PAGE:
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Investigation into Mayor McCarthy incident continues

Investigation into Mayor McCarthy incident continues

The investigation into what happened during a May incident involving Schenectady Mayor Gary McCarthy
Investigation into Mayor McCarthy incident continues
Outside his office in City Hall on May 26, Mayor Gary McCarthy is asked questions about an incident that took place with Sarah Dingley. Dingley reported that an 'elderly white male' who 'looked rich' was chasing her and her friend and flashing his ligh...
Photographer: Marc Schultz

The investigation into what happened during a May incident involving Schenectady Mayor Gary McCarthy continued Tuesday, four months after the incident and more than three months after a special prosecutor began investigating.

The appointed special prosecutor, Saratoga County District Attorney Karen A. Heggen, declined to comment on the investigation or its progress when asked Tuesday.

She also declined to say when she expects it to conclude, saying it will “take as long as it takes.”

State Supreme Court Justice Vito Caruso appointed Heggen in early June to investigate the May 19 incident involving McCarthy.

Heggen has “all power and authority to assist in the investigation of and to prosecute and dispose of or to designate one of her assistants to prosecute and dispose of any criminal or vehicle and traffic charges that may result therefrom,” the June 4 order signed by Caruso states.

McCarthy, a Democrat re-elected for a second term in November, followed a motorist and her friend through the city streets in a bizarre, middle-of-the-night pursuit that ended at police headquarters. The woman says McCarthy was drunk and intimidating while McCarthy says she was in the wrong.

Heggen, a Republican, started work as district attorney in Saratoga County in December 2014. She succeeded James Murphy III, who is now a County Court judge. Heggen has worked in the district attorney’s office since 1993.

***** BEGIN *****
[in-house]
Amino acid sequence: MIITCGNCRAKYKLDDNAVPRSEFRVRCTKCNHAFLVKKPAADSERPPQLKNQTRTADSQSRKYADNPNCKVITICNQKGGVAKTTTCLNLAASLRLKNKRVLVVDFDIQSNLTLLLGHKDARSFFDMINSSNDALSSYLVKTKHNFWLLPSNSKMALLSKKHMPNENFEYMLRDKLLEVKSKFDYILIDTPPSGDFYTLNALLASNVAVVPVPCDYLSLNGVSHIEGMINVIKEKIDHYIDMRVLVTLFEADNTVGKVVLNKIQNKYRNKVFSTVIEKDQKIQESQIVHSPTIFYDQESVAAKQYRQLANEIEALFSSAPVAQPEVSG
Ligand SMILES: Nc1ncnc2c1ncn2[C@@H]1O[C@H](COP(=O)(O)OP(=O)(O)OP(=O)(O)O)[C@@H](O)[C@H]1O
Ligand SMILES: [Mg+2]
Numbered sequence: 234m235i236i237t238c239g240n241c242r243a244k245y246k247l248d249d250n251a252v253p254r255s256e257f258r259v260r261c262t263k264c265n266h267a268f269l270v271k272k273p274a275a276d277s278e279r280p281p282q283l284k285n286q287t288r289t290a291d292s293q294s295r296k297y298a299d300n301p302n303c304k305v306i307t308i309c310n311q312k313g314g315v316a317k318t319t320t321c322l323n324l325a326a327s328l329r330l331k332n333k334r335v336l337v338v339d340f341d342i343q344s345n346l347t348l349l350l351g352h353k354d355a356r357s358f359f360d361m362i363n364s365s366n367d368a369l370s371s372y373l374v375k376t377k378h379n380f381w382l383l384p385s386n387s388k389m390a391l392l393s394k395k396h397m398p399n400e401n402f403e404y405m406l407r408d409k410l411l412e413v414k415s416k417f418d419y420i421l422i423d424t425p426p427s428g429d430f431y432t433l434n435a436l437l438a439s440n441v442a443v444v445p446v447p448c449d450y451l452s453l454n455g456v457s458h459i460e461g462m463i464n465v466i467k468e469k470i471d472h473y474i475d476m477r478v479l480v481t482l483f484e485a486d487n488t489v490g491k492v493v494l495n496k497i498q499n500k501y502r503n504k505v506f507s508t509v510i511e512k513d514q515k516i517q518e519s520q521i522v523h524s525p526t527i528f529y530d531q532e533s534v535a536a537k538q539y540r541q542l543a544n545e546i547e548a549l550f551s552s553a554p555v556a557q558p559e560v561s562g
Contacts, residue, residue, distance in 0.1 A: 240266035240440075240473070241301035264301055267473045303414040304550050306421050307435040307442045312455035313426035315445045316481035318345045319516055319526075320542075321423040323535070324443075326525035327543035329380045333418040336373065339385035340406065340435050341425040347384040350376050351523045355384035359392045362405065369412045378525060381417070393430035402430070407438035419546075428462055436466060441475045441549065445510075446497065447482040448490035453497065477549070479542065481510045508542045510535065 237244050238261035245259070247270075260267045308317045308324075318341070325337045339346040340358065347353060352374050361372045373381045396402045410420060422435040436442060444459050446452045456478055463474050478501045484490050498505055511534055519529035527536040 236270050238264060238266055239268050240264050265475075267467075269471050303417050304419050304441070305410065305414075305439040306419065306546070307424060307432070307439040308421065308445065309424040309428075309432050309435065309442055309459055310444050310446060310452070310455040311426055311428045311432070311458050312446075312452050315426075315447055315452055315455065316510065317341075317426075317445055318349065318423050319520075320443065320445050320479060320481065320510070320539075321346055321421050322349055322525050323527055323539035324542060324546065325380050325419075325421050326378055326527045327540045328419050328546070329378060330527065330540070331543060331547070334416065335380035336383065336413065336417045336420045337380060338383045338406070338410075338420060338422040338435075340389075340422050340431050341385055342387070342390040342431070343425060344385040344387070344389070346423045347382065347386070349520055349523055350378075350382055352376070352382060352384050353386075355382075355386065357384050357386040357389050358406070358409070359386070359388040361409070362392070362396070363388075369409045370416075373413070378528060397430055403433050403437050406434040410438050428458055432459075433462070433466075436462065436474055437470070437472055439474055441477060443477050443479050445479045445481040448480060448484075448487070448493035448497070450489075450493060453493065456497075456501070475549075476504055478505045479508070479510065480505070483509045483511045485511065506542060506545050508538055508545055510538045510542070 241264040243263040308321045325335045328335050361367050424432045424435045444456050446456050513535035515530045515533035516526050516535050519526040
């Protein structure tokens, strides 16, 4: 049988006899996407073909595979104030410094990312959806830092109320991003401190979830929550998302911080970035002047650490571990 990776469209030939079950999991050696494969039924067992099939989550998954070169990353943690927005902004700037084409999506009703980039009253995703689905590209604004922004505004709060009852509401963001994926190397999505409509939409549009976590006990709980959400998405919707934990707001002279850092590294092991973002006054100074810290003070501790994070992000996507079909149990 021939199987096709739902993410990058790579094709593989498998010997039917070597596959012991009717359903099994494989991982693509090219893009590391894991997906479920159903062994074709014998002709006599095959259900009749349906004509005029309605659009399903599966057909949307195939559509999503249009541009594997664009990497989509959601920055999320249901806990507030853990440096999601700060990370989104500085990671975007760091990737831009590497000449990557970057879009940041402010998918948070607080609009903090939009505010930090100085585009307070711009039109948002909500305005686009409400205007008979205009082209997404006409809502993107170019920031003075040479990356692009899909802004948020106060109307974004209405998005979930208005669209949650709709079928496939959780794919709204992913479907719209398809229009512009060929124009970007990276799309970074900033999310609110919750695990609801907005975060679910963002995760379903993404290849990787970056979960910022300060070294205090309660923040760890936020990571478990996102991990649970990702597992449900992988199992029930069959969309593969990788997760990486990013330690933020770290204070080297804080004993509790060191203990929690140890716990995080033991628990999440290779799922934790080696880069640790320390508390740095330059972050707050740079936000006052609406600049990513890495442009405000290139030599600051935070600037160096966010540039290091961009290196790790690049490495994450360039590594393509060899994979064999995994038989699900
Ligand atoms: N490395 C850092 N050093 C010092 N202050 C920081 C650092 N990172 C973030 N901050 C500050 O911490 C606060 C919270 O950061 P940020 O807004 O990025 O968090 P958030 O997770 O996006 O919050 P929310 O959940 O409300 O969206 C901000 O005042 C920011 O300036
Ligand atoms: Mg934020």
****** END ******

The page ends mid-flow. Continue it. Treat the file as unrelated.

In the May 19 incident, McCarthy followed Sarah Dingley, 38, of Rotterdam, and her friend in their vehicle from Lexington Avenue, where the mayor lives, to Schenectady Police Headquarters on Liberty Street.

Listen to the call

Sarah Dingley's 911 call

Dingley called 9-1-1 shortly after 1 a.m. reporting that a man, who identified himself as the mayor, was following her and flashing his lights and that he was intoxicated. Dingley said she was driving home from a friend’s house on Nott Street before she spotted McCarthy following her.

McCarthy said he was taking out the garbage when he saw Dingley and her friend either picking up garbage, breaking into cars or doing drugs. McCarthy said he was not intoxicated.

Schenectady police questioned McCarthy and the two women separately after they arrived at the station. Details of their discussions have remained unclear. Police have declined comment. No charges were filed, there is no police report and a Breathalyzer test was not given.

The probe by Heggen’s office will investigate the actions of McCarthy, Dingley and the Schenectady police officers. Details of the investigation are unclear at this time.

The Schenectady County District Attorney’s Office is not involved in the investigation. McCarthy worked as an investigator alongside District Attorney Robert Carney for more than 20 years.

Caruso appointed Haggen after a letter from Councilman Vince Riggi called for an outside investigation. Carney sent that letter, along with a Daily Gazette article and editorial, to Deputy Chief Administrative Judge Michael Coccoma.

Reach Gazette reporter Steven Cook at 395-3122, [email protected] or @ByStevenCook on Twitter.

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